In Arrernte the letter 'u' is used to represent the vowel sound OR, as in apurte 'group'(uh-POR-ta). This is different to the OO sound in the word apwerte 'hill' (uh-POO-ta).With these two words the different vowel is the only distinguishing feature, so the spelling system must have two different ways to write these two different sounds. For language speakers and people who have learnt to hear the difference between 'u'and 'w', the way they are used in the spelling system is entirely consistent.

 A good start for learning the sounds is A Learners Guide to Eastern and Central Arrernte (seefurther reading below).

Why do all Arrernte words end in 'e' when you can't always hear 'e'?

The choice to pronounce the vowel on the end of an Arrernte word or not doesn't make any difference to the meaning of the word. Sometimes Arrernte speakers pronounce this vowel 'a', sometimes it sounds more like 'er', and sometimes Arrernte speakers don't say it at all. This is like in English where sometimes you might say the and sometimes tha, or when you talk fast you might not say the ends of words at all. Because all Arrernte words can be said with a vowel sound on the end, a decision was made to write 'e' on the end of all Arrernte words. Speakers of other related languages, such as Alyawarr, decided not to write a vowel on the end of their words (except for very short words which have ‘a’ on the end). So the word meaning ‘water’, which sounds the same in both Arrernte and Alyawarr, is spelt as kwatye in Arrernte and askwaty in Alyawarr.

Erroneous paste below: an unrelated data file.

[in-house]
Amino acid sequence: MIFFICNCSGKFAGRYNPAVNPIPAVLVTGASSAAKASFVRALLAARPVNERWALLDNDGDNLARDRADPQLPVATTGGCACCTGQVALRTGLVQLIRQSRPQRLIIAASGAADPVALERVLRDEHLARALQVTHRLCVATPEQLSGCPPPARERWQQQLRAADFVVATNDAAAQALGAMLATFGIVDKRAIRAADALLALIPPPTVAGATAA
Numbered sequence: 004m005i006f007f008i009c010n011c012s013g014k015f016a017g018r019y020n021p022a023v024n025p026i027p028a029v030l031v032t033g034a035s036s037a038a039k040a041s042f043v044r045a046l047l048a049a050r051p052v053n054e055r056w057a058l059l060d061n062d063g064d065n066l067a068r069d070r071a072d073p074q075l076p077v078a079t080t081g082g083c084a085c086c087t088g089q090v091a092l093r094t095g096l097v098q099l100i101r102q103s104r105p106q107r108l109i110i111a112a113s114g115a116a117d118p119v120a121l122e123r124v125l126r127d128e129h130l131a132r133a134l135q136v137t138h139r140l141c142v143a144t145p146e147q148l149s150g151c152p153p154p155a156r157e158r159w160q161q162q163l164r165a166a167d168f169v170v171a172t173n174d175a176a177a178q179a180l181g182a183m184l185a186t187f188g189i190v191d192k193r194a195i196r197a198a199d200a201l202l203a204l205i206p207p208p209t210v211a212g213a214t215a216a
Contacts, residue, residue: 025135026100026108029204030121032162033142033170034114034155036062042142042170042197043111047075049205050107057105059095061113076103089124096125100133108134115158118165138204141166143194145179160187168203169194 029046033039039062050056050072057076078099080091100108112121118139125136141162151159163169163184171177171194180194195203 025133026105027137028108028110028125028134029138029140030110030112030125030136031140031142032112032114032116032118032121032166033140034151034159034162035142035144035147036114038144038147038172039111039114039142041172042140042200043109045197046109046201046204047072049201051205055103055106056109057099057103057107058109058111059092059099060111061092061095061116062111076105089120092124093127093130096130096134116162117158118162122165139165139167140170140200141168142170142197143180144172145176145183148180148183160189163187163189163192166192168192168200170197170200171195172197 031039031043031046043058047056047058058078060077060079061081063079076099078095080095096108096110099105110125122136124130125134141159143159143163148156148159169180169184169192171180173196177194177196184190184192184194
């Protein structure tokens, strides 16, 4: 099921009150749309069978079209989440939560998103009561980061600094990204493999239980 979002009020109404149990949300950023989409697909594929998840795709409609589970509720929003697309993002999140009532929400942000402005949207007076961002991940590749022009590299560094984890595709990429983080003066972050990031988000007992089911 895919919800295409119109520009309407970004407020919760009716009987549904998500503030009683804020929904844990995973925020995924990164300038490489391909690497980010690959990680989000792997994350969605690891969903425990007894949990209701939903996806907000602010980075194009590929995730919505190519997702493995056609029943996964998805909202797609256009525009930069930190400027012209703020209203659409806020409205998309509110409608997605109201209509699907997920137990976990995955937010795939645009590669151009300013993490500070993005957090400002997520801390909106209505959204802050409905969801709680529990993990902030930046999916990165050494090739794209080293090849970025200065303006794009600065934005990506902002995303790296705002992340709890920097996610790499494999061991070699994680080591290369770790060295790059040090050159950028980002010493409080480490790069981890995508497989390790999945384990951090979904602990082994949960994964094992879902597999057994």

Why doesn't Arrernte spelling use a 'd' when it sounds like a 'd'?